Preliminary data from a phase I clinical study showed that TST001 alone or in combination with chemotherapies is safe, with more than forty patients evaluated. Promising antitumor activities were also observed in this study. In a TST001 monotherapy dose-escalation study, one of three late-line GC patients who were heavily pretreated with multiple lines of treatment, including chemotherapy, programmed cell death protein 1 (PD-1)-targeted immunotherapy, and anti-vascular endothelial growth factor (VEGF) inhibitors, achieved a partial response after 6 weeks of treatment. In addition, the patient also had rapid and significant tumor biomarker reduction post-TST001 treatment. In a TST001 plus capecitabine + oxaliplatin (CAPOX) combination study in first-line GC, a patient achieved partial response after 6 weeks of treatment. A phase IIa monotherapy study in CLDN18.2-expressing solid tumors, including GC, PC and other tumor types, will begin soon [81].

In another phase I clinical trial, 11 patients with advanced or metastatic solid tumors who progressed on or after standard treatments were treated with 3, 6, and 10 mg/kg TST001 Q3W. Nine patients were eligible for the DLT analysis, with no DLT reported, and the MTD was not reached. TST001 demonstrated a roughly linear PK profile, as both the Cmax and AUC increased proportionally across the dose range following the first dose. No drug accumulation was observed in the Q3W cohort. Furthermore, 10 mg/kg Q3W was designated as the RP2D for a further expansion study, and three additional patients were enrolled into the expansion phase at the 10 mg/kg Q3W dose. The most common AEs (> 20%) included nausea (64%), vomiting (50%), anemia (43%), hypoalbuminemia (29%), abdominal distension (21%), and constipation (21%). Five patients experienced grade 3 AEs, including increased blood pressure, increased conjugated bilirubin, hyponatremia, nausea and vomiting, and pulmonary embolism. Two patients experienced 3 SAEs, including hypoalbuminemia, jaundice, cholestasis, and pulmonary embolism. No treatment-related grade 4 or 5 event was reported. One patient with CLDN18.2-overexpressing gastric signet ring cell carcinoma who progressed on multiple lines of chemotherapies and anti-PD1 and anti-VEGF therapies in the 6 mg/kg cohort achieved a confirmed partial response at week 12. These results demonstrated that TST001 had a manageable and tolerable safety profile in patients with advanced solid tumors and preliminary antitumor activity in a heavily pretreated gastric cancer patient expressing CLDN18.2 [82]. Another open-label, multicenter, phase I clinical trial to evaluate the safety, maximum tolerated dose, pharmacokinetic (PK) profile and preliminary anticancer effects of TST001 in 23 patients with locally advanced or metastatic solid tumors (NCT04396821) is underway, with results pending [83].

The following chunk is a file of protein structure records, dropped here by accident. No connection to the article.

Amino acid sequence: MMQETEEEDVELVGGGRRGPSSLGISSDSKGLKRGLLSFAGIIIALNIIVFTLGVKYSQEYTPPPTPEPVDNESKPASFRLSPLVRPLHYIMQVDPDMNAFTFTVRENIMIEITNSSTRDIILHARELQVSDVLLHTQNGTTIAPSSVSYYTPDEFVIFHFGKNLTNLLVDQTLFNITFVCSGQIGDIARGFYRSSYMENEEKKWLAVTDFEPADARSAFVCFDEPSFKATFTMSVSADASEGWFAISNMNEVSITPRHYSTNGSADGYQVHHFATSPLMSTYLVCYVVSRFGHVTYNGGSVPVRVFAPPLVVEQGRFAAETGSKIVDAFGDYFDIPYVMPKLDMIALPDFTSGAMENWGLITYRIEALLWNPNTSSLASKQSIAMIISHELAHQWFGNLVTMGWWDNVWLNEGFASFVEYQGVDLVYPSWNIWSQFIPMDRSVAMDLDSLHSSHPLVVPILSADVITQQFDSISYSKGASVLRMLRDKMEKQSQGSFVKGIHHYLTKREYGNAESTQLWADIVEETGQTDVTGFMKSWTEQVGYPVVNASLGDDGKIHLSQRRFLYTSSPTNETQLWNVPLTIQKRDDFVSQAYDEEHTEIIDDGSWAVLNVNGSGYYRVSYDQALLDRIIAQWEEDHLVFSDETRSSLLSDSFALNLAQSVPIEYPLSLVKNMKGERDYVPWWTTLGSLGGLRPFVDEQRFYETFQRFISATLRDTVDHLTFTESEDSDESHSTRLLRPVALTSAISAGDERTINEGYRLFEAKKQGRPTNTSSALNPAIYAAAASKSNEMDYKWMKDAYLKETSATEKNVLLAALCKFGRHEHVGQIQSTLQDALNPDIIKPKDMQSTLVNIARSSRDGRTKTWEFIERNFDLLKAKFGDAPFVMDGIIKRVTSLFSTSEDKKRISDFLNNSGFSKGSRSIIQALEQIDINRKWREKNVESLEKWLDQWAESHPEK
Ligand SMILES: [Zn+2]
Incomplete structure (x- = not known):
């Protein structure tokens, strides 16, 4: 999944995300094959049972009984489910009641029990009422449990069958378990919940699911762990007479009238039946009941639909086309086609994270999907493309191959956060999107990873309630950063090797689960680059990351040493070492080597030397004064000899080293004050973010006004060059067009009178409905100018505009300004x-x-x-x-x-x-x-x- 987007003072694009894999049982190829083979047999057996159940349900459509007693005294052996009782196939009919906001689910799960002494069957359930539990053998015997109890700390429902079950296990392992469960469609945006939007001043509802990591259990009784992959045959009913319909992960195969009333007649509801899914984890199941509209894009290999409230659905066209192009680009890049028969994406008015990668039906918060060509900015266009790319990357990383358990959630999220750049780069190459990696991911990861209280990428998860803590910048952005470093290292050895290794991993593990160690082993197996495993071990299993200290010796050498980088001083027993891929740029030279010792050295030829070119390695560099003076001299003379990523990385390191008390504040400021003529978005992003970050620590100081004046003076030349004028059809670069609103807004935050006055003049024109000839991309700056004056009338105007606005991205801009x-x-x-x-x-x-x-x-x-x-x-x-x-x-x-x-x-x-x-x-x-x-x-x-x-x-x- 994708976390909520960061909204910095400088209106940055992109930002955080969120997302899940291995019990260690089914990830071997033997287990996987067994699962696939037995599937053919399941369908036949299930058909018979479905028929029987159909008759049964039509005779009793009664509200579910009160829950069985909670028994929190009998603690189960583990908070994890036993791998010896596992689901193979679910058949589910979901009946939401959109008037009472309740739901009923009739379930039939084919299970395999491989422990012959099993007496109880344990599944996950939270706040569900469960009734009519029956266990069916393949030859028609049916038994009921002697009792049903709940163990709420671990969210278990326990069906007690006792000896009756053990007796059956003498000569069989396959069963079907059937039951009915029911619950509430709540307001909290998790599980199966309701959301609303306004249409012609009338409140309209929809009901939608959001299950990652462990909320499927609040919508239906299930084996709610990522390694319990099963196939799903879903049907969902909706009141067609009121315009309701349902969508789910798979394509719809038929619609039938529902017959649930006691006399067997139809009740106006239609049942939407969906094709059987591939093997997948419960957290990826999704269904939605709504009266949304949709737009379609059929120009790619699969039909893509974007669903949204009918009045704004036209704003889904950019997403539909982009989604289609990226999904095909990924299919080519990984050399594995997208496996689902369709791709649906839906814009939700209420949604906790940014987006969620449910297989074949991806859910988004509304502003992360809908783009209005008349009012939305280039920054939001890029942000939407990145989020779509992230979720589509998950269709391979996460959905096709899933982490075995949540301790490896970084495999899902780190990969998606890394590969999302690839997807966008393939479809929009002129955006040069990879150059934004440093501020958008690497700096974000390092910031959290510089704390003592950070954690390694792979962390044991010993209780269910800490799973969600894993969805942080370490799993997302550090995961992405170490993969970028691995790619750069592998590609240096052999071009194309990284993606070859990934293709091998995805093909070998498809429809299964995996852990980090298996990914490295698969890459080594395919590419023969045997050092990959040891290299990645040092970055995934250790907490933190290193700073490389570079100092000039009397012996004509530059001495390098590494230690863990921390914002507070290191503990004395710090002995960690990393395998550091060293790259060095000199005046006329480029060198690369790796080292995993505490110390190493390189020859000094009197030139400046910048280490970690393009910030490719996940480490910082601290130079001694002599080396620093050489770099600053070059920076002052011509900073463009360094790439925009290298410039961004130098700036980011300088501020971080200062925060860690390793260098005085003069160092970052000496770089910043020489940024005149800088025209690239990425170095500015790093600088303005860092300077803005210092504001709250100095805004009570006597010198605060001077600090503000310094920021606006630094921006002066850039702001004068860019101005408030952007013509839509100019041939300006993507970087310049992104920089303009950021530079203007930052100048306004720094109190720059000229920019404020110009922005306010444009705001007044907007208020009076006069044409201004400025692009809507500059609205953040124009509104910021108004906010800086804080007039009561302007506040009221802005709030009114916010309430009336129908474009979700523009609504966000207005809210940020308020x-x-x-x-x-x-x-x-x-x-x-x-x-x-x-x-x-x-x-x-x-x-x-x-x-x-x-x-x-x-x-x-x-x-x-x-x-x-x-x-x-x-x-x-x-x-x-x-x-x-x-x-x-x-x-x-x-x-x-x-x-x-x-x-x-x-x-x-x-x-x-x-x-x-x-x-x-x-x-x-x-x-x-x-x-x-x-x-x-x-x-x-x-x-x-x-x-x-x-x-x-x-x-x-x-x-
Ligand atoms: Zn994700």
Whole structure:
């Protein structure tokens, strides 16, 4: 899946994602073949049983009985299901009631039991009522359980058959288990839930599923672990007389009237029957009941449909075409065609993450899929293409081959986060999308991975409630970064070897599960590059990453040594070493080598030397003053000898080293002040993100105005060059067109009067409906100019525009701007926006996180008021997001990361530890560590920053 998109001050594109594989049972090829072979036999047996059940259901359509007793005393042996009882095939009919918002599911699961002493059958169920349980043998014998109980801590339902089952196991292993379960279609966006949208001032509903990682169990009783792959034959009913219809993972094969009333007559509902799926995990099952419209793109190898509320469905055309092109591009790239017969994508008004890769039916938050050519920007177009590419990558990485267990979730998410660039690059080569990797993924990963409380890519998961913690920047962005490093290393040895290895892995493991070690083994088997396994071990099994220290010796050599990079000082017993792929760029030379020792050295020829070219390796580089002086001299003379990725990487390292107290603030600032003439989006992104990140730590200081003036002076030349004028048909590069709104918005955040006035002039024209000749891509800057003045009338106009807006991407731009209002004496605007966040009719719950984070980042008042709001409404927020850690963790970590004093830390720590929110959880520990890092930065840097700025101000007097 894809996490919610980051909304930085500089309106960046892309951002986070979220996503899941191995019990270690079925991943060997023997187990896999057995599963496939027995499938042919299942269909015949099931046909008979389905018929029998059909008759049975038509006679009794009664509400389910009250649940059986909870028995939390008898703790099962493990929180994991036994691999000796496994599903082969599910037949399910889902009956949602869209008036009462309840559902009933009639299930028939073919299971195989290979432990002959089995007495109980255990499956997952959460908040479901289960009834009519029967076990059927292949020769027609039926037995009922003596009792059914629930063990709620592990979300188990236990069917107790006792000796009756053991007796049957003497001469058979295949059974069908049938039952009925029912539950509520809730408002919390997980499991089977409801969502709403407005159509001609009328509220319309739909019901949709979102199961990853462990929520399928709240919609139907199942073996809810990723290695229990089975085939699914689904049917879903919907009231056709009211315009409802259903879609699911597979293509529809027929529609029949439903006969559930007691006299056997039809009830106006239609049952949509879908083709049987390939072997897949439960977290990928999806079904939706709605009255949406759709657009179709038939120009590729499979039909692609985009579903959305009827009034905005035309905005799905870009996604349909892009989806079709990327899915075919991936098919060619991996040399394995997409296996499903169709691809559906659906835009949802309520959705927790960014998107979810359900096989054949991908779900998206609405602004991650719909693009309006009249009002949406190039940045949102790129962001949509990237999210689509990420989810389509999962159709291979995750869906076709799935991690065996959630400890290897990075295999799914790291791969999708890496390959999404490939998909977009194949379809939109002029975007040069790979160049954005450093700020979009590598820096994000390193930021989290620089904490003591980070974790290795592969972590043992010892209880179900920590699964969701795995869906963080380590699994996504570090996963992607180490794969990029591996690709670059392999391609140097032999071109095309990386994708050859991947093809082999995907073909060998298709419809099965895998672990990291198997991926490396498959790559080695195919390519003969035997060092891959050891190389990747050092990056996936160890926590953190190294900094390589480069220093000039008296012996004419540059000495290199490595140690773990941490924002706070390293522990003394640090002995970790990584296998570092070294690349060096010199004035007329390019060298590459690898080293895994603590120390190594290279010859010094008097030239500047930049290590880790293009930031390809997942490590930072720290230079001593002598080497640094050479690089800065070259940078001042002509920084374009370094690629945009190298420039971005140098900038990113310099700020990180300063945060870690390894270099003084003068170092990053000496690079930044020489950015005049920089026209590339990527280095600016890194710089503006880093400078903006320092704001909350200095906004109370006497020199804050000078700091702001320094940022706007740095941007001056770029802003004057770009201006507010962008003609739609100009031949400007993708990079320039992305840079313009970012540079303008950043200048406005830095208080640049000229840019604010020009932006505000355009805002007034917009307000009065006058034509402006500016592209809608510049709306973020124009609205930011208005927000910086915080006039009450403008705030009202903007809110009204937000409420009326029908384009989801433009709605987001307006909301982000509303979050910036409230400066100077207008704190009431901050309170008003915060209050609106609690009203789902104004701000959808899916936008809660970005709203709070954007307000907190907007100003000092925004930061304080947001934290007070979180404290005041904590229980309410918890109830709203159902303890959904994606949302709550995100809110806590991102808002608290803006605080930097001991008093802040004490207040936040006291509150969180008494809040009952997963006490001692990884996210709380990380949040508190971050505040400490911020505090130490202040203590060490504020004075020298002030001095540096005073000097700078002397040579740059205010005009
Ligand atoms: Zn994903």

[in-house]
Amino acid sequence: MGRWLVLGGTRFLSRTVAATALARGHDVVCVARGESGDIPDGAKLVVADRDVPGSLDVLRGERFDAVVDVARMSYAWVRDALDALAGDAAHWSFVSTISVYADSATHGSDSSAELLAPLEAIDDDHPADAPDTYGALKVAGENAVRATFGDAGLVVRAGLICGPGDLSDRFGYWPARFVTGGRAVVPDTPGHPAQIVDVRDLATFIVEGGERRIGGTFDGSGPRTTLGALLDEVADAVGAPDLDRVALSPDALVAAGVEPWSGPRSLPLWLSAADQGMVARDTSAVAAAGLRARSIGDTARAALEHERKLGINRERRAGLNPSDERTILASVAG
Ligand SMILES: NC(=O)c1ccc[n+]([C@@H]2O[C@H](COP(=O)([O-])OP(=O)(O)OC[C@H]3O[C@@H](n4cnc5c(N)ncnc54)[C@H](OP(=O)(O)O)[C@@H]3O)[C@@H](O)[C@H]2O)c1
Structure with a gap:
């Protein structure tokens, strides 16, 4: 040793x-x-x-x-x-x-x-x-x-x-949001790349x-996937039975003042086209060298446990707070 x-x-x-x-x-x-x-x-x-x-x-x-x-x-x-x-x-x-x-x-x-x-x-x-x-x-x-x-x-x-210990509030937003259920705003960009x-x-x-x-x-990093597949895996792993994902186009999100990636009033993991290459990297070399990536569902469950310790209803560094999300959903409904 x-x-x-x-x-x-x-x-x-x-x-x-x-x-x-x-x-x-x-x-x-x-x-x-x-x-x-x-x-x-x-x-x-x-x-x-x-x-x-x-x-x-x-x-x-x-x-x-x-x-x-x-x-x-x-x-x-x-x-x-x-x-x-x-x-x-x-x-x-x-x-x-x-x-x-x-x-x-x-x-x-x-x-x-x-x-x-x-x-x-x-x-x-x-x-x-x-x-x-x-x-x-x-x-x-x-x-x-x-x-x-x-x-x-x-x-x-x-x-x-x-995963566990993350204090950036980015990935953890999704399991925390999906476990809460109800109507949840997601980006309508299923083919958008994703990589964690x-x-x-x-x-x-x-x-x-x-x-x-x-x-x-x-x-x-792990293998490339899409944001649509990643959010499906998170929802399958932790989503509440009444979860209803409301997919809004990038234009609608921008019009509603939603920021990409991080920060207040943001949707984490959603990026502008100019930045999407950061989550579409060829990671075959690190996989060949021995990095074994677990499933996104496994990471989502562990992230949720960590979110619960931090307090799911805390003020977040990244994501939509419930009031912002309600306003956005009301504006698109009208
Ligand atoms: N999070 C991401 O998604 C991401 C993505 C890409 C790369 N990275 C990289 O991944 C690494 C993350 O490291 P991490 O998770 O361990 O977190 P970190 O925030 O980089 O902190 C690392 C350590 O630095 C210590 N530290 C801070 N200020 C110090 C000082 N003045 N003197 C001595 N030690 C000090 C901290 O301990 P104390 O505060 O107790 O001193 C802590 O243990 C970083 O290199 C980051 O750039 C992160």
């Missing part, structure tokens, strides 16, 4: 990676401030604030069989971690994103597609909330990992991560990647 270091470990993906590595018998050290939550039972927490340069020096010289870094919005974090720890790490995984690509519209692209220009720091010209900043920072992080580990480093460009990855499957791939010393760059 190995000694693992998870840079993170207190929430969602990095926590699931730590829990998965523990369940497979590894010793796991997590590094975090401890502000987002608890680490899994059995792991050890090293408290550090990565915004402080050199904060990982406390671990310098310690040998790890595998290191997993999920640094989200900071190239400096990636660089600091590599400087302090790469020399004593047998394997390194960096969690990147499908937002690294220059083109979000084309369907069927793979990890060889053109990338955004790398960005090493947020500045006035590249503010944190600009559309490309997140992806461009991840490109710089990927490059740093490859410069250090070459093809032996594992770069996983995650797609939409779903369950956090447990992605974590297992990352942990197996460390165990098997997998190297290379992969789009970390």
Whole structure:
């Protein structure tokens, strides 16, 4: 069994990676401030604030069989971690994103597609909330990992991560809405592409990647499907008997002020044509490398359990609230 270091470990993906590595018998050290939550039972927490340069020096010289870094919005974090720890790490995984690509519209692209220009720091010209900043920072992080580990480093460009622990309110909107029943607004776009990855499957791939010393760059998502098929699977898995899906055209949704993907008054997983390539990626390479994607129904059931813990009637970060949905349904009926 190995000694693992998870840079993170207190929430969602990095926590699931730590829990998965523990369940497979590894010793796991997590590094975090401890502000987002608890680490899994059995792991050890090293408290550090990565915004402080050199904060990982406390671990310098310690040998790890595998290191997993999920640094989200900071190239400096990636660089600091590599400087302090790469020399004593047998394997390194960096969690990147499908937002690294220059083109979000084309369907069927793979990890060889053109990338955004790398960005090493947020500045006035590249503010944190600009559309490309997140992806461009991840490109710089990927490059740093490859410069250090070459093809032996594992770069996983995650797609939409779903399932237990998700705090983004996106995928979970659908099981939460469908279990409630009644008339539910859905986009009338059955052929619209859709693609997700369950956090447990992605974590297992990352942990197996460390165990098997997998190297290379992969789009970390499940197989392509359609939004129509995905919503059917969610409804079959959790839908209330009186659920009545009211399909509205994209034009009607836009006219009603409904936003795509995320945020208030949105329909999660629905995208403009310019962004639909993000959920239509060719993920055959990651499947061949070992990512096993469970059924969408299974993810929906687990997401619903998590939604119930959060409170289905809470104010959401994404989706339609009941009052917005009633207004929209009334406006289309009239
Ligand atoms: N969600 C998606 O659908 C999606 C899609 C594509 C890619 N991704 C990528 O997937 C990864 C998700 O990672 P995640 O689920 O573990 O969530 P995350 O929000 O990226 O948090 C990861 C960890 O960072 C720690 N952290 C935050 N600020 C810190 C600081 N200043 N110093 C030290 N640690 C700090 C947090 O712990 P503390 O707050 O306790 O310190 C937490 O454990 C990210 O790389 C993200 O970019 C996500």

Other mAbs have also been developed by different organizations and are in either preclinical or clinical trials. A list of these agents is summarized in Table 1. Moreover, new antibody drugs that are expected to have additional therapeutic effects have been developed by modifying existing antibody drugs. In one study, after humanized specific anti-CLDN18.2 single-chain fragment variable (scFv) mAbs were generated, CLDN18.2-specific CAR T cells were subsequently developed using the scFv as a targeting component, and this study will be discussed further in the CAR-T cells targeting CLDN18.2 section [84]. Furthermore, other mAb candidates, such as AB101, ASKB589 and DR30303, are also under evaluation in clinical trials, with more clinical research results pending (Table 1).

Bispecific/trispecific antibodies targeting claudin18.2

Different studies have demonstrated that targeting CLDN18.2 with an ADC or bispecific agent could be a valid therapeutic approach for the treatment of GC and PC [85]. Clinical research focus has switched from novel mAbs to bispecific mAbs and trispecific mAbs. Bispecific mAbs and trispecific mAbs can guide T cells by binding to CD3 on T cells and targeting CLDN18.2 to improve T cell cytotoxicity with low toxicity. Different formats of novel agents have been developed in preclinical or early clinical trials to further improve the efficacy of CLDN18.2-targeted therapy. These therapies have proven superior to traditional therapy. Furthermore, a novel tetravalent bispecific (Tetrabi) antibody targeting CLDN18.2 has shown impressive antitumor activity and provides better efficacy than the bispecific form [86]. Tetrabi is a form of bispecific antibodies which were produced with scFv fragments of bispecific antibodies followed by site-directed pegylation to generate tetra-scFv fragments. Pegylated tetra-scFv exhibited cytotoxic effects in tumor cells, while their circulation time in blood significantly increased compared with monomeric antibody fragments [87]. Here, we summarize a couple of agents in clinical studies.